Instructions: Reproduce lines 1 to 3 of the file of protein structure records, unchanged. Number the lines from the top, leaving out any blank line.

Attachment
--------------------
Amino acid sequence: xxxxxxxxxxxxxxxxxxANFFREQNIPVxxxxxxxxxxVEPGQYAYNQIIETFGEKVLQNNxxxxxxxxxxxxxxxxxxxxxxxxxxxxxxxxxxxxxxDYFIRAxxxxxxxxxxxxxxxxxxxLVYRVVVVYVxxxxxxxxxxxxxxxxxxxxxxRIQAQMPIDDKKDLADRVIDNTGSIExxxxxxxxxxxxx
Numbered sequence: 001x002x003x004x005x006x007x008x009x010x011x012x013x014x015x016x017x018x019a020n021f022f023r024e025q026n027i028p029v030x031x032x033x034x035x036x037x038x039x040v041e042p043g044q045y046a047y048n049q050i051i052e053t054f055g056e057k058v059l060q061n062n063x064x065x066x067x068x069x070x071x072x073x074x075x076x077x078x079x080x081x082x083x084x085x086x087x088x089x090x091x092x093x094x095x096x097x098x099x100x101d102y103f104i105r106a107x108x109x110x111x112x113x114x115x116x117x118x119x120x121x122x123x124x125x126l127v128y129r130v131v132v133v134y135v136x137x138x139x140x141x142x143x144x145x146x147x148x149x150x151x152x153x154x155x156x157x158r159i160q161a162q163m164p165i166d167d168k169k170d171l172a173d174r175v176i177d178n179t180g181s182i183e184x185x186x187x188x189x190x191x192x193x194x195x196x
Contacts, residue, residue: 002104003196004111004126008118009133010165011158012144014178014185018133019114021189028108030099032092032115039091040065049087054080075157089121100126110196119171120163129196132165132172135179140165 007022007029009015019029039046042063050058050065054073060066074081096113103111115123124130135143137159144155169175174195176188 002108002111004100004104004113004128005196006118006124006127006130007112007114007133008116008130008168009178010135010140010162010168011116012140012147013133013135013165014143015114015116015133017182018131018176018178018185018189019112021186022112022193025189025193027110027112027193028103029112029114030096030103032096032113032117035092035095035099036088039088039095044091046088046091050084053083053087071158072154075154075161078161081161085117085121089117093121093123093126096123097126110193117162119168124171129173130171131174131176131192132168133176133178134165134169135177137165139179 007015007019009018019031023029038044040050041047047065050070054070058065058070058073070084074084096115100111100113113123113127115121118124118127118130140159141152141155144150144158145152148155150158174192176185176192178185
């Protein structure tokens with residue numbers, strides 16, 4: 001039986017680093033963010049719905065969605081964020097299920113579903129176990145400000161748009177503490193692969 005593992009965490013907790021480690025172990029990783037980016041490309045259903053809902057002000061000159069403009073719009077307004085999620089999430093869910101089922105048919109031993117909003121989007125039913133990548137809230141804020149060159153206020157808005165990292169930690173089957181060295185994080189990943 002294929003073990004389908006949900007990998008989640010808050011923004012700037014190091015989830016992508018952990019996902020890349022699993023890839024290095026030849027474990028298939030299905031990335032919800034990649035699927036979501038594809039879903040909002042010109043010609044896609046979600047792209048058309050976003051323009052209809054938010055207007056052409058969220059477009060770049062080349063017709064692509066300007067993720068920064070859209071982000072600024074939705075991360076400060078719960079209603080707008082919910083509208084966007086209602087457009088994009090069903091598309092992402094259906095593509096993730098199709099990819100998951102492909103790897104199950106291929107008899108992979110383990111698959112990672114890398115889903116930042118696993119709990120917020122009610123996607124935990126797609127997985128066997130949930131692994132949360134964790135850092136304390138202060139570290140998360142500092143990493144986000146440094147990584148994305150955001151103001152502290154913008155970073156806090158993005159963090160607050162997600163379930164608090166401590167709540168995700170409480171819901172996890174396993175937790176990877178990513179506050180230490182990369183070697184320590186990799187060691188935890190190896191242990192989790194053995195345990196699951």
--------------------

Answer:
Amino acid sequence: xxxxxxxxxxxxxxxxxxANFFREQNIPVxxxxxxxxxxVEPGQYAYNQIIETFGEKVLQNNxxxxxxxxxxxxxxxxxxxxxxxxxxxxxxxxxxxxxxDYFIRAxxxxxxxxxxxxxxxxxxxLVYRVVVVYVxxxxxxxxxxxxxxxxxxxxxxRIQAQMPIDDKKDLADRVIDNTGSIExxxxxxxxxxxxx
Numbered sequence: 001x002x003x004x005x006x007x008x009x010x011x012x013x014x015x016x017x018x019a020n021f022f023r024e025q026n027i028p029v030x031x032x033x034x035x036x037x038x039x040v041e042p043g044q045y046a047y048n049q050i051i052e053t054f055g056e057k058v059l060q061n062n063x064x065x066x067x068x069x070x071x072x073x074x075x076x077x078x079x080x081x082x083x084x085x086x087x088x089x090x091x092x093x094x095x096x097x098x099x100x101d102y103f104i105r106a107x108x109x110x111x112x113x114x115x116x117x118x119x120x121x122x123x124x125x126l127v128y129r130v131v132v133v134y135v136x137x138x139x140x141x142x143x144x145x146x147x148x149x150x151x152x153x154x155x156x157x158r159i160q161a162q163m164p165i166d167d168k169k170d171l172a173d174r175v176i177d178n179t180g181s182i183e184x185x186x187x188x189x190x191x192x193x194x195x196x
Contacts, residue, residue: 002104003196004111004126008118009133010165011158012144014178014185018133019114021189028108030099032092032115039091040065049087054080075157089121100126110196119171120163129196132165132172135179140165 007022007029009015019029039046042063050058050065054073060066074081096113103111115123124130135143137159144155169175174195176188 002108002111004100004104004113004128005196006118006124006127006130007112007114007133008116008130008168009178010135010140010162010168011116012140012147013133013135013165014143015114015116015133017182018131018176018178018185018189019112021186022112022193025189025193027110027112027193028103029112029114030096030103032096032113032117035092035095035099036088039088039095044091046088046091050084053083053087071158072154075154075161078161081161085117085121089117093121093123093126096123097126110193117162119168124171129173130171131174131176131192132168133176133178134165134169135177137165139179 007015007019009018019031023029038044040050041047047065050070054070058065058070058073070084074084096115100111100113113123113127115121118124118127118130140159141152141155144150144158145152148155150158174192176185176192178185